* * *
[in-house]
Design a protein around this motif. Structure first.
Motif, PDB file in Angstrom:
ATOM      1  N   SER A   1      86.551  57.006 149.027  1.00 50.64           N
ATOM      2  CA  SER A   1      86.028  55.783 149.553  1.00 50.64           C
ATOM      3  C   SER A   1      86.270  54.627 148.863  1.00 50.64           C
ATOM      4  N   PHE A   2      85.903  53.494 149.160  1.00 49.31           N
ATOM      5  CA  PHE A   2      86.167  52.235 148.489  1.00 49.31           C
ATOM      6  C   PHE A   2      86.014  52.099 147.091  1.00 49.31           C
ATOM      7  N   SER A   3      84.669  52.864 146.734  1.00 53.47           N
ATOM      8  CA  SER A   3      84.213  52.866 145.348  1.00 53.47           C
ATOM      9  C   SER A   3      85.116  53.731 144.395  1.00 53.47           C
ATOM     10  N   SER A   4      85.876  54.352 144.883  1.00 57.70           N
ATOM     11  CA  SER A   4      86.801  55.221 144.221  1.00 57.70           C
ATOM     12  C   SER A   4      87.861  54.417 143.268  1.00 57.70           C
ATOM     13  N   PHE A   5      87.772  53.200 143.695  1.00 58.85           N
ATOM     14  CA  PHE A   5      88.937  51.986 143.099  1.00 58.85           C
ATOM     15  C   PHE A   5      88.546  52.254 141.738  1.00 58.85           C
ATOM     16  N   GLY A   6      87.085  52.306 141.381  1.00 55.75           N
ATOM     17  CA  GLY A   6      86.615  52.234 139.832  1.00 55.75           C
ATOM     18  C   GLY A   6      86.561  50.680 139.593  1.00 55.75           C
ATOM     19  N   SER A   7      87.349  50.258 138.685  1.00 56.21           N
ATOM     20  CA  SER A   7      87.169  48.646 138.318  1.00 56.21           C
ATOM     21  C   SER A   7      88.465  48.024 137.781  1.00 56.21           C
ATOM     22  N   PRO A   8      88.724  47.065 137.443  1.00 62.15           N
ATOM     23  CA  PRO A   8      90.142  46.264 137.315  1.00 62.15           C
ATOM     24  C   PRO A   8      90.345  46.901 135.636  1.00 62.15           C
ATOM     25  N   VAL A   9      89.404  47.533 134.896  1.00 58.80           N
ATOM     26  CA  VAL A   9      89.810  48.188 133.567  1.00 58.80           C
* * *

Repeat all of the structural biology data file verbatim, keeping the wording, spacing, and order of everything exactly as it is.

[in-house]
Design a protein around this motif. Structure first.
Motif, PDB file in Angstrom:
ATOM      1  N   SER A   1      86.551  57.006 149.027  1.00 50.64           N
ATOM      2  CA  SER A   1      86.028  55.783 149.553  1.00 50.64           C
ATOM      3  C   SER A   1      86.270  54.627 148.863  1.00 50.64           C
ATOM      4  N   PHE A   2      85.903  53.494 149.160  1.00 49.31           N
ATOM      5  CA  PHE A   2      86.167  52.235 148.489  1.00 49.31           C
ATOM      6  C   PHE A   2      86.014  52.099 147.091  1.00 49.31           C
ATOM      7  N   SER A   3      84.669  52.864 146.734  1.00 53.47           N
ATOM      8  CA  SER A   3      84.213  52.866 145.348  1.00 53.47           C
ATOM      9  C   SER A   3      85.116  53.731 144.395  1.00 53.47           C
ATOM     10  N   SER A   4      85.876  54.352 144.883  1.00 57.70           N
ATOM     11  CA  SER A   4      86.801  55.221 144.221  1.00 57.70           C
ATOM     12  C   SER A   4      87.861  54.417 143.268  1.00 57.70           C
ATOM     13  N   PHE A   5      87.772  53.200 143.695  1.00 58.85           N
ATOM     14  CA  PHE A   5      88.937  51.986 143.099  1.00 58.85           C
ATOM     15  C   PHE A   5      88.546  52.254 141.738  1.00 58.85           C
ATOM     16  N   GLY A   6      87.085  52.306 141.381  1.00 55.75           N
ATOM     17  CA  GLY A   6      86.615  52.234 139.832  1.00 55.75           C
ATOM     18  C   GLY A   6      86.561  50.680 139.593  1.00 55.75           C
ATOM     19  N   SER A   7      87.349  50.258 138.685  1.00 56.21           N
ATOM     20  CA  SER A   7      87.169  48.646 138.318  1.00 56.21           C
ATOM     21  C   SER A   7      88.465  48.024 137.781  1.00 56.21           C
ATOM     22  N   PRO A   8      88.724  47.065 137.443  1.00 62.15           N
ATOM     23  CA  PRO A   8      90.142  46.264 137.315  1.00 62.15           C
ATOM     24  C   PRO A   8      90.345  46.901 135.636  1.00 62.15           C
ATOM     25  N   VAL A   9      89.404  47.533 134.896  1.00 58.80           N
ATOM     26  CA  VAL A   9      89.810  48.188 133.567  1.00 58.80           C